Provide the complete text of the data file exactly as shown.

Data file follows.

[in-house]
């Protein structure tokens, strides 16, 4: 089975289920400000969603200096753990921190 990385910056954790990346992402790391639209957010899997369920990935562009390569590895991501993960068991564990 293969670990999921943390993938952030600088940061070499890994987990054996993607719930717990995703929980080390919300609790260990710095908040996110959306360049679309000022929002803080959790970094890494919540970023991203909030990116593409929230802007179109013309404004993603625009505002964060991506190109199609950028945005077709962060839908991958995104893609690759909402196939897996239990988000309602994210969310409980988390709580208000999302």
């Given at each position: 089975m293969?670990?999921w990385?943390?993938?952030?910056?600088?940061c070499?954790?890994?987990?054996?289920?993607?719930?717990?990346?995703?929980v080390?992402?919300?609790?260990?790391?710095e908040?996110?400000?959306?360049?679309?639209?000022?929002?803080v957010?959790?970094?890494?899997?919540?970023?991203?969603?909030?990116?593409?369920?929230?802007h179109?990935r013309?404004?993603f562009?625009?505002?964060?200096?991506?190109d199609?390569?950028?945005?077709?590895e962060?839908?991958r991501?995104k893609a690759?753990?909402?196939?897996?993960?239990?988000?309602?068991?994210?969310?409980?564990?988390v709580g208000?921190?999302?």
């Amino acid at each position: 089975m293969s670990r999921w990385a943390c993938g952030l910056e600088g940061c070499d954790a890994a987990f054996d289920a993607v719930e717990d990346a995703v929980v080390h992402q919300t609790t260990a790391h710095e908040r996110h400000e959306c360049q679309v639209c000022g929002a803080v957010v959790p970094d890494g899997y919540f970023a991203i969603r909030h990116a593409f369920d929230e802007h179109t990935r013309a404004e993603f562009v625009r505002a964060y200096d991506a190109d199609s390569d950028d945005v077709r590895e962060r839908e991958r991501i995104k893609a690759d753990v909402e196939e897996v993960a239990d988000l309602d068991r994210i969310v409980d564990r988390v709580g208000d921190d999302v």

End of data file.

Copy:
[in-house]
């Protein structure tokens, strides 16, 4: 089975289920400000969603200096753990921190 990385910056954790990346992402790391639209957010899997369920990935562009390569590895991501993960068991564990 293969670990999921943390993938952030600088940061070499890994987990054996993607719930717990995703929980080390919300609790260990710095908040996110959306360049679309000022929002803080959790970094890494919540970023991203909030990116593409929230802007179109013309404004993603625009505002964060991506190109199609950028945005077709962060839908991958995104893609690759909402196939897996239990988000309602994210969310409980988390709580208000999302």
């Given at each position: 089975m293969?670990?999921w990385?943390?993938?952030?910056?600088?940061c070499?954790?890994?987990?054996?289920?993607?719930?717990?990346?995703?929980v080390?992402?919300?609790?260990?790391?710095e908040?996110?400000?959306?360049?679309?639209?000022?929002?803080v957010?959790?970094?890494?899997?919540?970023?991203?969603?909030?990116?593409?369920?929230?802007h179109?990935r013309?404004?993603f562009?625009?505002?964060?200096?991506?190109d199609?390569?950028?945005?077709?590895e962060?839908?991958r991501?995104k893609a690759?753990?909402?196939?897996?993960?239990?988000?309602?068991?994210?969310?409980?564990?988390v709580g208000?921190?999302?």
């Amino acid at each position: 089975m293969s670990r999921w990385a943390c993938g952030l910056e600088g940061c070499d954790a890994a987990f054996d289920a993607v719930e717990d990346a995703v929980v080390h992402q919300t609790t260990a790391h710095e908040r996110h400000e959306c360049q679309v639209c000022g929002a803080v957010v959790p970094d890494g899997y919540f970023a991203i969603r909030h990116a593409f369920d929230e802007h179109t990935r013309a404004e993603f562009v625009r505002a964060y200096d991506a190109d199609s390569d950028d945005v077709r590895e962060r839908e991958r991501i995104k893609a690759d753990v909402e196939e897996v993960a239990d988000l309602d068991r994210i969310v409980d564990r988390v709580g208000d921190d999302v």